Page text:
Yayoi Kusama’s Urban Beach Installation Is About to Take Over Your Instagram

The free art exhibition will make the Rockaways in New York a must-visit destination this summer.

Yayoi Kusama’s Urban Beach Installation Is About to Take Over Your Instagram

Yayoi Kusama’s “Narcissus Garden” installation on display at Brazil’s Inhotim contemporary art museum in February 2016.

Photo by Ksenia Ragozina/Shutterstock

Yayoi Kusama’s Infinity Mirrors was arguably the most in-demand art exhibit of 2017. Her U.S. museum tour broke records in visitor attendance levels and if you used Instagram at all last year, photos of the Japanese artist’s colorful work likely dominated your feed. (You can still catch Infinity Mirrors at the Cleveland Museum of Art and at Atlanta’s High Museum of Art later this year.)

This summer, another surrealist installation from Kusama is heading to the Rockaways in New York starting July 1—and if Kusama’s previous U.S. exhibitions were any indication, the pop-up show will be a social media sensation. The work, titled Narcissus Garden, is made up of 1,500 reflective stainless steel spheres housed in an abandoned industrial garage in Fort Tilden, a former Army base on the beach in Queens.

☀️ This Summer, Kusama goes to the beach☀️ ... #YayoiKusama became infamous early in her career for an unofficial installation and performance of “Narcissus Garden” at the 1966 Venice Biennale. Standing among a sea of mirrored orbs, she sold the individual spheres to passerby—a critique of the commercialization of contemporary art. ... Beginning July 1, the 1,500 mirrored stainless steel spheres of “Narcissus Garden” will be installed in an abandoned building at Fort Tilden for the third iteration of Rockaway!, a free public art festival presented with Rockaway Artists Alliance (@rockaway_artists_alliance), Jamaica Bay-Rockaway Parks Conservancy (@jbrpc), National Park Service (@nationalparkservice), and Bloomberg Philanthropies (@bloombergdotorg) to celebrate the ongoing recovery of the Rockaway Peninsula following the devastating impact of Hurricane Sandy in 2012. In this site-specfic presentation, the mirrored surfaces will reflect both the industrial space and the surrounding natural beachfront, which remains vulnerable after storm damage and susceptible to future ecological degradation. More information at moma.org/rockaway. #RockawayKusama A post shared by MoMA PS1 (@momaps1) on Jun 18, 2018 at 6:31am PDT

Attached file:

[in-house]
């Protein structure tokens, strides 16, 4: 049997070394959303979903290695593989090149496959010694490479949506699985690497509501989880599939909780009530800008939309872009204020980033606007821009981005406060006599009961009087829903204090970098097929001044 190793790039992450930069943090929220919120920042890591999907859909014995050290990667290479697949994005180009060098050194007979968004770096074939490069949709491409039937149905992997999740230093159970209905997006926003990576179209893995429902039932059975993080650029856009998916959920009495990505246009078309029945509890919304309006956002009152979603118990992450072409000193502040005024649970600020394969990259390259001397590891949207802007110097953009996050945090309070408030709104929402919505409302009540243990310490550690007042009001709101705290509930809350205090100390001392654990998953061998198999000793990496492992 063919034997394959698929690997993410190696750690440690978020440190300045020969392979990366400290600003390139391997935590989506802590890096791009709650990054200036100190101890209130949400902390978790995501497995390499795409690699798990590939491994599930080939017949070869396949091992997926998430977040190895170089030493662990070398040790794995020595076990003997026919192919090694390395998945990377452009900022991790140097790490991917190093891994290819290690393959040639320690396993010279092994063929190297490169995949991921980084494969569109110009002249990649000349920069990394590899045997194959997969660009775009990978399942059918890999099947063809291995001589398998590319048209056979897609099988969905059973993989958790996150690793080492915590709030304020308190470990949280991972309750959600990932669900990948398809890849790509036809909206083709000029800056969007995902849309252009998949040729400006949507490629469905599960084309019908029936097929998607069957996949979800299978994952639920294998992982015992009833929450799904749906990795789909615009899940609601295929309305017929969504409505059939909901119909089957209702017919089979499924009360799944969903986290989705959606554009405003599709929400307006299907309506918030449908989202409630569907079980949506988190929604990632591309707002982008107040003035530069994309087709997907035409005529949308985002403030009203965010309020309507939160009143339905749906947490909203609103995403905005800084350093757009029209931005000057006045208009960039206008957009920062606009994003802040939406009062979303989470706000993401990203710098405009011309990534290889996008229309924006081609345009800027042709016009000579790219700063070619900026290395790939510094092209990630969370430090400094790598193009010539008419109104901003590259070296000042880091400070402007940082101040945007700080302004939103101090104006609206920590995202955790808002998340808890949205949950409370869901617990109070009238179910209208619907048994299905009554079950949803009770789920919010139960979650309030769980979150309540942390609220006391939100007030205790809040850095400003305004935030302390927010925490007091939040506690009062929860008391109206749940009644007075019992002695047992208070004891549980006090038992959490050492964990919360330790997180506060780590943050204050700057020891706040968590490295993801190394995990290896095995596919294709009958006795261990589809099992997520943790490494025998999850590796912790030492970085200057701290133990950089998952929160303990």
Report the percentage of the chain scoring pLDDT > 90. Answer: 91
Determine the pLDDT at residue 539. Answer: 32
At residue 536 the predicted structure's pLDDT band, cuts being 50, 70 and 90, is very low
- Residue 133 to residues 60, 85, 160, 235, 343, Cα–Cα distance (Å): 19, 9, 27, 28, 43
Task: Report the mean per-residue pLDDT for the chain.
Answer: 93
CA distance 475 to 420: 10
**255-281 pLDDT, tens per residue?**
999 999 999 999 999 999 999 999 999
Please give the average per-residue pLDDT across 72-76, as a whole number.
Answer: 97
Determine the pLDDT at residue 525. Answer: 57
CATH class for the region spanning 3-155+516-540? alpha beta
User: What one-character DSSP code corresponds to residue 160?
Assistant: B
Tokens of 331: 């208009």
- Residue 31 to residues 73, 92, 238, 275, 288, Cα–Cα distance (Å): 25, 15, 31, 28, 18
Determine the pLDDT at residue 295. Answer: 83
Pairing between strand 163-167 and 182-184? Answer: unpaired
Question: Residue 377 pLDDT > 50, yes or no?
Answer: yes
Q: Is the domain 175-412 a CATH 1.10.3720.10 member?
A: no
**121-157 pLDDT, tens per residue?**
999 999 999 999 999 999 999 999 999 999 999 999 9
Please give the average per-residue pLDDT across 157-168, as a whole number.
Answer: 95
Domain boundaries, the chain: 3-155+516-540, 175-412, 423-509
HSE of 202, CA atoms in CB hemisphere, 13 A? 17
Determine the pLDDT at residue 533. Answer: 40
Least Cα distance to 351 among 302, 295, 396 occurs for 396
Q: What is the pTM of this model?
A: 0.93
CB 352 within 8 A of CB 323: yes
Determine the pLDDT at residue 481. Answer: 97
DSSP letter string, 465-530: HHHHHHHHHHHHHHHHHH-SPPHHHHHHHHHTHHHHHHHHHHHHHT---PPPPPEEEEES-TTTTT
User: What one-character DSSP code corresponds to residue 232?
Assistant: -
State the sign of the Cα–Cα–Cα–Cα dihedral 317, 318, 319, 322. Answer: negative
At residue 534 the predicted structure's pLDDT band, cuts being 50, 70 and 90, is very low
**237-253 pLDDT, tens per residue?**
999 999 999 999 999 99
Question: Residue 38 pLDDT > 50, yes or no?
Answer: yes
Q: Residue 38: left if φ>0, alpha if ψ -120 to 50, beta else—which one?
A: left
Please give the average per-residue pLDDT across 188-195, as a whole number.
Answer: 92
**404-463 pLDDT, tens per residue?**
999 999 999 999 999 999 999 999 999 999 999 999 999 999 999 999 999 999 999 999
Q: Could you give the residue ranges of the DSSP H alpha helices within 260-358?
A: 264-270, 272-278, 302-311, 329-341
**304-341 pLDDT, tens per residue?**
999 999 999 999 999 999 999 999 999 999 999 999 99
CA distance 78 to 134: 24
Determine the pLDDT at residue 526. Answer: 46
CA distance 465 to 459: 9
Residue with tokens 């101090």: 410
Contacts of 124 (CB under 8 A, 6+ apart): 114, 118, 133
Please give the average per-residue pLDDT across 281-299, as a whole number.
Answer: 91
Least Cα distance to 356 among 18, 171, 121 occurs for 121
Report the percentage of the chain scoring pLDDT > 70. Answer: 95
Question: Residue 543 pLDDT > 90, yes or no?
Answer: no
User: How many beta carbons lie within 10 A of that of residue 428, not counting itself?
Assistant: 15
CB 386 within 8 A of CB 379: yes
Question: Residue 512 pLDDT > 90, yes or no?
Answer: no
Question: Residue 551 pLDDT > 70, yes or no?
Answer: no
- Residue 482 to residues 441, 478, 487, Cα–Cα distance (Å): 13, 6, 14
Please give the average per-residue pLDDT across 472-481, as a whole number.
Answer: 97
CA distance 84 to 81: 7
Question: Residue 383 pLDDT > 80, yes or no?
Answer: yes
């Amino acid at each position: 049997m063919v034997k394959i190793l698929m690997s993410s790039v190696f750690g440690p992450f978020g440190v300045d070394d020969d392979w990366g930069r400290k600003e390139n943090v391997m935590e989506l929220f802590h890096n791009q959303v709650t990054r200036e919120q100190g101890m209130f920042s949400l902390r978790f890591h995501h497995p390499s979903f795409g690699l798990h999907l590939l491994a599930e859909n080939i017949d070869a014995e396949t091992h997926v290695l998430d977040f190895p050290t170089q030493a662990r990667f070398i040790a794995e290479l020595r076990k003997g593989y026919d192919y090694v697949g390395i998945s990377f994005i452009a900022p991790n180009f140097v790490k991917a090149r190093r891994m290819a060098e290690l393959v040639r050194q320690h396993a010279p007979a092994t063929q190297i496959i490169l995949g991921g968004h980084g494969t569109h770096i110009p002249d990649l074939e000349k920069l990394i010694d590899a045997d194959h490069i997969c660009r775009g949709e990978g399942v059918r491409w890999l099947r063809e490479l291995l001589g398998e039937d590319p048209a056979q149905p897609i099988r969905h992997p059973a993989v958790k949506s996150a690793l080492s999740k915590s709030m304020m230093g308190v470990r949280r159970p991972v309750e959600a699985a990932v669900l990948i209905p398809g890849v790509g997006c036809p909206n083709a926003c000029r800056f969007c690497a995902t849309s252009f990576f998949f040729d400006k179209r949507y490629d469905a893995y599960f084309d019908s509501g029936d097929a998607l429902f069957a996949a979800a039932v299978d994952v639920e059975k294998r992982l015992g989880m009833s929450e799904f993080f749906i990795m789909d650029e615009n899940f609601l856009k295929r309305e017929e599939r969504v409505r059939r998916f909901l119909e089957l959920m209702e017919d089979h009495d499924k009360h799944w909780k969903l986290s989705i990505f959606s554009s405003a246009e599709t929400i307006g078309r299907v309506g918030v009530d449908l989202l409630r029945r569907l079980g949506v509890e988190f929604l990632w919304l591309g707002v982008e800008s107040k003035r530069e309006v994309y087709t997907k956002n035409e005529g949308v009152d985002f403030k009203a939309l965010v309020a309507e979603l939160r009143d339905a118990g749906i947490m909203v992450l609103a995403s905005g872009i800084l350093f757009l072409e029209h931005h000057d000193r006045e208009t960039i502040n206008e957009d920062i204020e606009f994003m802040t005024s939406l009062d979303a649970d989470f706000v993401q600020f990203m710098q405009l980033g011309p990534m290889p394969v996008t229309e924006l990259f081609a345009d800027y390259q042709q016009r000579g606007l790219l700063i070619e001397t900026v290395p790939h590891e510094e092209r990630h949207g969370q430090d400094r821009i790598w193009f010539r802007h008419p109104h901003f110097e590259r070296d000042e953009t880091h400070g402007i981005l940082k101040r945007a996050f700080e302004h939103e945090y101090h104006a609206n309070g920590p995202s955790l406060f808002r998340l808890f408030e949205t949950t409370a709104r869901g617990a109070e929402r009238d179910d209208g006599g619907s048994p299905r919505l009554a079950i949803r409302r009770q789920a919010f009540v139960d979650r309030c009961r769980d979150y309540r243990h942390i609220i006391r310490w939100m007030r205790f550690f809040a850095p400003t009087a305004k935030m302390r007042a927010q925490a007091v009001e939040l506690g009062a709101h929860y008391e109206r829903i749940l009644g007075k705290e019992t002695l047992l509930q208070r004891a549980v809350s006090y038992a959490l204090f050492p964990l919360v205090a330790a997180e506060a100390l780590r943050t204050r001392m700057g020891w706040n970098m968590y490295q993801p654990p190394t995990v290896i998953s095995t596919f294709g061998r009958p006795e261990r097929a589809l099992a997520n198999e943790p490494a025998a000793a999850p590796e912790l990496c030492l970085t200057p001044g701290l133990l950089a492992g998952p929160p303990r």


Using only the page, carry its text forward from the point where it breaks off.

Kusama first presented the piece in 1966 at the Venice Biennale, where she stood with a sign that read “YOUR NARCISSUM [sic] FOR SALE” and offered to sell the spheres to passers-by for about $2, the New York Times reported. The installation was last on view in 2016 at architect Philip Johnson’s Glass House in Connecticut.

Critics suggest Narcissus Garden is a politically charged protest against the commercialization of art and a mainstream culture of vanity. Ironically, the summer exhibition will more than likely attract art buffs and Instagram-lovers seeking selfies.

Day dreaming in Narcissus Garden. 1300 floating balls. ⚪️⚪️⚪️ #yayoikusama #phillipjohnson #art #architecture A post shared by Celine Chang (@celchang) on Sep 21, 2016 at 7:12am PDT

Narcissus Garden
will be on view from July 1 through September 3. The public art installation is part of MoMA PS1’s Rockaway!, a yearly arts program devoted to the ongoing recovery of the Rockaways after Hurricane Sandy, presented in collaboration with the Rockaway Artists Alliance, Jamaica Bay-Rockaway Parks Conservancy, National Park Service, and Bloomberg Philanthropies.

How to get there: NYC Ferry by Hornblower offers a direct route to the Rockaways with landings at Manhattan’s Pier 11 and Sunset Park in Brooklyn. The hour-long trip costs $2.75 one way.

>>Next: 5 Essential Stops on a Wonderful, Weird Tour of Gaudí’s Barcelona

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